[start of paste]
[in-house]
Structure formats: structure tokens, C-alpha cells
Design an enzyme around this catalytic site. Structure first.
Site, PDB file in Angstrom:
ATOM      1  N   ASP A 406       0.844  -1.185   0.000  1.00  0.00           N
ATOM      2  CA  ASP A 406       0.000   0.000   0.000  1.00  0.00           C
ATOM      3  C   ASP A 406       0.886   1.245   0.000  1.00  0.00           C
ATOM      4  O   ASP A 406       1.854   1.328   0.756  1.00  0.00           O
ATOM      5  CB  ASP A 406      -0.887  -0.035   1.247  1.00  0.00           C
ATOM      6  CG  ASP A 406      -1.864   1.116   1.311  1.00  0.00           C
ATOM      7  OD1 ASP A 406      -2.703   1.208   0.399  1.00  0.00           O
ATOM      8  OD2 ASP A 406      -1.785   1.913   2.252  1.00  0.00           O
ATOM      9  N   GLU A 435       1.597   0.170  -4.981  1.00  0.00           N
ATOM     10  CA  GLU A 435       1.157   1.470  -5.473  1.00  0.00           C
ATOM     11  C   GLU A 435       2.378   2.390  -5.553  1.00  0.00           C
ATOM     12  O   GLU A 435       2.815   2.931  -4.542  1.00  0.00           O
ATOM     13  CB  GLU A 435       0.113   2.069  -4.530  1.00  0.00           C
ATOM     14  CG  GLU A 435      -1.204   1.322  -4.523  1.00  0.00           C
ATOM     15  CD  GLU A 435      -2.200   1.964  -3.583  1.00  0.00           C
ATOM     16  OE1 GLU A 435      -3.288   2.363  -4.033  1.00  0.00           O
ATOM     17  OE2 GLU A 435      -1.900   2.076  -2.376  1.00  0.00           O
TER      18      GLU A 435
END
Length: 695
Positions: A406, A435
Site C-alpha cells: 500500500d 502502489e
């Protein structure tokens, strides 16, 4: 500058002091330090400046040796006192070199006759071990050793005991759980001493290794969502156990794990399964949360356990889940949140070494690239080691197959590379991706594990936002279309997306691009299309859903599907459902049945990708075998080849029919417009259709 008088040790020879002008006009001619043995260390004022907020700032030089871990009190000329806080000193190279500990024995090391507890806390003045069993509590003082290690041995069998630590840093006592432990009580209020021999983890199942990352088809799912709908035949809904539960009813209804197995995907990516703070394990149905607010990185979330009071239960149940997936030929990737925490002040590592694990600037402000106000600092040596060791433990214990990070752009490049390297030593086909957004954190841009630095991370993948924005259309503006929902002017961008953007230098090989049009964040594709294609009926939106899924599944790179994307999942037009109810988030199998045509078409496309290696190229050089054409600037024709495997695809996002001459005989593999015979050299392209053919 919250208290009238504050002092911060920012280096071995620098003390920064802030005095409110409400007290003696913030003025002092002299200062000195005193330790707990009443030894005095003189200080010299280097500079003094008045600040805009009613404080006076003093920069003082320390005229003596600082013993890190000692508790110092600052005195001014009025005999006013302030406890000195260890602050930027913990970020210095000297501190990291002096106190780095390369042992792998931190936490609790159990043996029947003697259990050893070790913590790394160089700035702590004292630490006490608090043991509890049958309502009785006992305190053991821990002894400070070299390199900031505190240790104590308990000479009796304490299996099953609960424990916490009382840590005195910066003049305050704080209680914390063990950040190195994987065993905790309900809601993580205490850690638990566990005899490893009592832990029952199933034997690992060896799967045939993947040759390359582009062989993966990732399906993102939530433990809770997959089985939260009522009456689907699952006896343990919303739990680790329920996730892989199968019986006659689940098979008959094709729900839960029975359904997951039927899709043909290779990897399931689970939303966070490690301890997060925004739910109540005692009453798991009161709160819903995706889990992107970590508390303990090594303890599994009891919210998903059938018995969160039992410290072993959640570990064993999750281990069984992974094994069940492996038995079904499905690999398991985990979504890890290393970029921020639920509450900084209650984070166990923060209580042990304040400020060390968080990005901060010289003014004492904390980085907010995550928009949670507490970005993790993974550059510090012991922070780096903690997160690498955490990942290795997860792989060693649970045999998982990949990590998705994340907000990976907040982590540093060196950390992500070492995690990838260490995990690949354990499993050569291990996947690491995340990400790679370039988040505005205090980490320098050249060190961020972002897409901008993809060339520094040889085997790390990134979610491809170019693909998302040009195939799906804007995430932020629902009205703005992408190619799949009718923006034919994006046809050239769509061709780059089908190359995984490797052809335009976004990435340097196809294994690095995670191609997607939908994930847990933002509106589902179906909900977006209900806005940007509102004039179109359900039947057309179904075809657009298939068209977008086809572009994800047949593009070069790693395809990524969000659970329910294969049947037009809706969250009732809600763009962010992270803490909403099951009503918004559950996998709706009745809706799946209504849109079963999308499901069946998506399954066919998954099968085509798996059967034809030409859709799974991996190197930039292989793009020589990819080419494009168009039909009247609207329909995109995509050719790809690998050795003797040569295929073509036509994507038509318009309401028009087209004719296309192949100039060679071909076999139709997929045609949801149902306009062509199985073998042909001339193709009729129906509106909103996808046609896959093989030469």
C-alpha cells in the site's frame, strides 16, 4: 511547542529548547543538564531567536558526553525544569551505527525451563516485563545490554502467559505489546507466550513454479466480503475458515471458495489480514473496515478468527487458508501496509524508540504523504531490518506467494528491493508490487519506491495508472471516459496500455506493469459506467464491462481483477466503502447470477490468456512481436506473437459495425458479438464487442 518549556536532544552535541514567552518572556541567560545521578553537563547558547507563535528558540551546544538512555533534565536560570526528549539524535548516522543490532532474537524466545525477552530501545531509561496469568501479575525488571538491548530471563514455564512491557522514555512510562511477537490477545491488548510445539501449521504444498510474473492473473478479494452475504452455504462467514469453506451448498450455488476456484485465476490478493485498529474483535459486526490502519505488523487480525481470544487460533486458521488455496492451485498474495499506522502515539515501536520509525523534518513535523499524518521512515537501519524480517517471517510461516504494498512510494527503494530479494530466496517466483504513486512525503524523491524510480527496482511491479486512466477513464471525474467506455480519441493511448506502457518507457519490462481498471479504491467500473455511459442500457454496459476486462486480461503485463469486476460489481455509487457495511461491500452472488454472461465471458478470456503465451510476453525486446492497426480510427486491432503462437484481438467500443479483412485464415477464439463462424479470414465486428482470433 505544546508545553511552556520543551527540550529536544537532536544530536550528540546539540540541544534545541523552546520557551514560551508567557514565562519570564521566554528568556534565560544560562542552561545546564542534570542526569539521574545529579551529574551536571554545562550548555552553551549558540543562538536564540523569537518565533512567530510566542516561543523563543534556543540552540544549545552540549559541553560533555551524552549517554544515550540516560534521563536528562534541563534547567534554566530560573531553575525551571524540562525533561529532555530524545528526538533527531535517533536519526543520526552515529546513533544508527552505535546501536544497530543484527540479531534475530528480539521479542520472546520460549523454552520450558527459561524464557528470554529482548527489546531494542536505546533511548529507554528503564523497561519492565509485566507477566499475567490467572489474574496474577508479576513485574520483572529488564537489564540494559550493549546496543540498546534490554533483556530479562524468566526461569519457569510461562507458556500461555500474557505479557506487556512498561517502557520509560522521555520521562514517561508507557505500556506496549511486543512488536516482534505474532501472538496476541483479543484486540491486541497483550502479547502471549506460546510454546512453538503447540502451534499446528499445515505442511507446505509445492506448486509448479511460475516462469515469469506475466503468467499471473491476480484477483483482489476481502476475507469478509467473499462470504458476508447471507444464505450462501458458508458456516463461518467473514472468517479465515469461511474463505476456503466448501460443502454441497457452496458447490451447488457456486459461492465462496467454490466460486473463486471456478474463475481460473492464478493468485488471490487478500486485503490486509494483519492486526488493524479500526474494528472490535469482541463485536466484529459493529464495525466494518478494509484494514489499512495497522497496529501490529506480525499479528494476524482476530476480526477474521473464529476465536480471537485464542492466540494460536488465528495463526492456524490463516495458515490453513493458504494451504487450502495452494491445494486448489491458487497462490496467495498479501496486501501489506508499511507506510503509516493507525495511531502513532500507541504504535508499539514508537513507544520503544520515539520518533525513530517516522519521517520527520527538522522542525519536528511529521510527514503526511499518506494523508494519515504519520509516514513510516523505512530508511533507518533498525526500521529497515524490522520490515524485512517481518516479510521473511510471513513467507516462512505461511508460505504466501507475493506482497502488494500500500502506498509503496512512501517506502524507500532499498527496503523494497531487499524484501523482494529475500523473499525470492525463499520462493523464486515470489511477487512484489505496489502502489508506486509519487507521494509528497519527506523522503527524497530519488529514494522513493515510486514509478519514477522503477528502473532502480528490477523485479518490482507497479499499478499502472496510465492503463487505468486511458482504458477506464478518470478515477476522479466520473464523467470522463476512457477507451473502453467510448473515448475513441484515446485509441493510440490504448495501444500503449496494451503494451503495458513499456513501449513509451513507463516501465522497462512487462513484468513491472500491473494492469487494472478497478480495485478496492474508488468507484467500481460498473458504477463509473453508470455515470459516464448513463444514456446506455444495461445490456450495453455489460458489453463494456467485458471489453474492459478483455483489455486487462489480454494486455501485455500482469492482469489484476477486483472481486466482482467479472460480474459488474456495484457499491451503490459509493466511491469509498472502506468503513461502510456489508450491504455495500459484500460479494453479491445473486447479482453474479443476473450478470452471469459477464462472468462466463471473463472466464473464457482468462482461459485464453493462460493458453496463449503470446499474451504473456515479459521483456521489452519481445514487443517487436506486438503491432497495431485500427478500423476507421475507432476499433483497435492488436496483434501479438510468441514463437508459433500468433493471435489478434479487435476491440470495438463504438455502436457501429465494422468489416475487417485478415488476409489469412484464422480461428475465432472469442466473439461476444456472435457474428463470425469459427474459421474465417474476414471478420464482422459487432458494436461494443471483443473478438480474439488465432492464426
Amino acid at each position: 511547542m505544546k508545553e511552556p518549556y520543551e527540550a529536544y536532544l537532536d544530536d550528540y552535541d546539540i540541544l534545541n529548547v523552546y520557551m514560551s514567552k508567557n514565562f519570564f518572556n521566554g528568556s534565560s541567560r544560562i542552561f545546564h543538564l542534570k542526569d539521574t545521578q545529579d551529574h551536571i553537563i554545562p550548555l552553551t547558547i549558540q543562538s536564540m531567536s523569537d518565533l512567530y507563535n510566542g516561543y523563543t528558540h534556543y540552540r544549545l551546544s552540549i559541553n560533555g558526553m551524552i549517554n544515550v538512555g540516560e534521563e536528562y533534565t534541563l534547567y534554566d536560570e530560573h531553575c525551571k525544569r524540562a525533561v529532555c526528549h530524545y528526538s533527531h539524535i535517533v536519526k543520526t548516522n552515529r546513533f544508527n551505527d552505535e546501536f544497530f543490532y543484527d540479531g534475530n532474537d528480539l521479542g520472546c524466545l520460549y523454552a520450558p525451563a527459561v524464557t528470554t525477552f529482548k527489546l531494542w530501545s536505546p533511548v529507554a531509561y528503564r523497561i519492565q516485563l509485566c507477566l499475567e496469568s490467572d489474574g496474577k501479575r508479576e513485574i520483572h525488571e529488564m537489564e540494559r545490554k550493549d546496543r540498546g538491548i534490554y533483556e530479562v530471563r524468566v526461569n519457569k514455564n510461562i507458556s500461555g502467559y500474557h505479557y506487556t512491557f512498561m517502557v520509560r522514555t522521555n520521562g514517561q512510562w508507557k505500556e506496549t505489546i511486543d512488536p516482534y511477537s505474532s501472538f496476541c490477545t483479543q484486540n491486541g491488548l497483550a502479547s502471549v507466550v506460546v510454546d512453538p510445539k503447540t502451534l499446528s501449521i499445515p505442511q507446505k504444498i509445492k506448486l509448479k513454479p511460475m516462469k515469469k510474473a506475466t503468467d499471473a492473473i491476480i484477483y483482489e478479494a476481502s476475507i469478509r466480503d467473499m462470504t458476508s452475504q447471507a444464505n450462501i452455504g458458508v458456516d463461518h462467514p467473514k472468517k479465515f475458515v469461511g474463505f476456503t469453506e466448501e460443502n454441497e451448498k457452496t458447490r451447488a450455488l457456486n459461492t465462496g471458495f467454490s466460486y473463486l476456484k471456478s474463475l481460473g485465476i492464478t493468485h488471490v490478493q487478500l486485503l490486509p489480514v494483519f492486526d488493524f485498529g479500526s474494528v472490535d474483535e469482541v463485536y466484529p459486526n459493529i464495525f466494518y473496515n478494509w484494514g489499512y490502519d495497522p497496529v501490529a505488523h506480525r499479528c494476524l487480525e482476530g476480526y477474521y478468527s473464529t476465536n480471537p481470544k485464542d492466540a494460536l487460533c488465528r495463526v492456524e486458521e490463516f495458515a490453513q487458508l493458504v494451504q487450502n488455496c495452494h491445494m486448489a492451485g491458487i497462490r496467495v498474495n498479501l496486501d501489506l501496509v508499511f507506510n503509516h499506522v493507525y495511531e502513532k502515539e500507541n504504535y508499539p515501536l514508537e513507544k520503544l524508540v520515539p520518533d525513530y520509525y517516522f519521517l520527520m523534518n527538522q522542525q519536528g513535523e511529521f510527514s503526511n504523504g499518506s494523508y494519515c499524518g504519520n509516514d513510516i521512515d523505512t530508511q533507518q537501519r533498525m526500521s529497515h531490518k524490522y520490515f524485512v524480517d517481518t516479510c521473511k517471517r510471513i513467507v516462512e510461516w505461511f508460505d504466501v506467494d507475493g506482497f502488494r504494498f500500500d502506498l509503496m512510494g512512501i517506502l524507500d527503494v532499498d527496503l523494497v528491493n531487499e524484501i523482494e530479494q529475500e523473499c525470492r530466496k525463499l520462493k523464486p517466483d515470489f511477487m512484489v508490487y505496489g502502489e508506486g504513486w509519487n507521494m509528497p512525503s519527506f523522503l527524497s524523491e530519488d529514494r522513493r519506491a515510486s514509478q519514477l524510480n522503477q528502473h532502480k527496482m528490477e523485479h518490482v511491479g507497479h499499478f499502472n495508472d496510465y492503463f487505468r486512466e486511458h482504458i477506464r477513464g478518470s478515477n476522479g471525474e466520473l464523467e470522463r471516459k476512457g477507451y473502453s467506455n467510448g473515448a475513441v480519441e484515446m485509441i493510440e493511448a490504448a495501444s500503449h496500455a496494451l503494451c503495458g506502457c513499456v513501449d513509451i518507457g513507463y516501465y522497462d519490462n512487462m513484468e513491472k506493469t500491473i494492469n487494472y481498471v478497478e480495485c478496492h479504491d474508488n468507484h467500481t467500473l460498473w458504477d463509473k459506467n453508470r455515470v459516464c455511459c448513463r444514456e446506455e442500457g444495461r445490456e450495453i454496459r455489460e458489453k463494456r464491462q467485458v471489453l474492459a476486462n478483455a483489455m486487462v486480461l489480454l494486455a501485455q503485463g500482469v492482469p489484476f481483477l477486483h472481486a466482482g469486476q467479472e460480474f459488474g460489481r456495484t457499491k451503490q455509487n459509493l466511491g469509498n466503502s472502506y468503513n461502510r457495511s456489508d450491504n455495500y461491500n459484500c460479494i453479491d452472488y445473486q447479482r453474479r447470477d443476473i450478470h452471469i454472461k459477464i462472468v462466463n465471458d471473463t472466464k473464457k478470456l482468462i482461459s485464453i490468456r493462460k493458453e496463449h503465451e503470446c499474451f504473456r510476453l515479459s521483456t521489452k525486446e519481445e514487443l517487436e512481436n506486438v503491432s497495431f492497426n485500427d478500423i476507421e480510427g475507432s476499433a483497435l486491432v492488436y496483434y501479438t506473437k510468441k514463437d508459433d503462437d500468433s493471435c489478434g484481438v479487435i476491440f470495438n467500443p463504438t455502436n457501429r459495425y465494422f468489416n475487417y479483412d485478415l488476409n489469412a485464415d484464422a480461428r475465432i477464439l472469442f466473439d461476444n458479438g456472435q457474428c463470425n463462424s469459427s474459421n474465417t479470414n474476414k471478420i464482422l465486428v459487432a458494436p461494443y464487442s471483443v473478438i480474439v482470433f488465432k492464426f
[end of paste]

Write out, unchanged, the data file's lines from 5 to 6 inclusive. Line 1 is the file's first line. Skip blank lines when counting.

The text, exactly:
ATOM      1  N   ASP A 406       0.844  -1.185   0.000  1.00  0.00           N
ATOM      2  CA  ASP A 406       0.000   0.000   0.000  1.00  0.00           C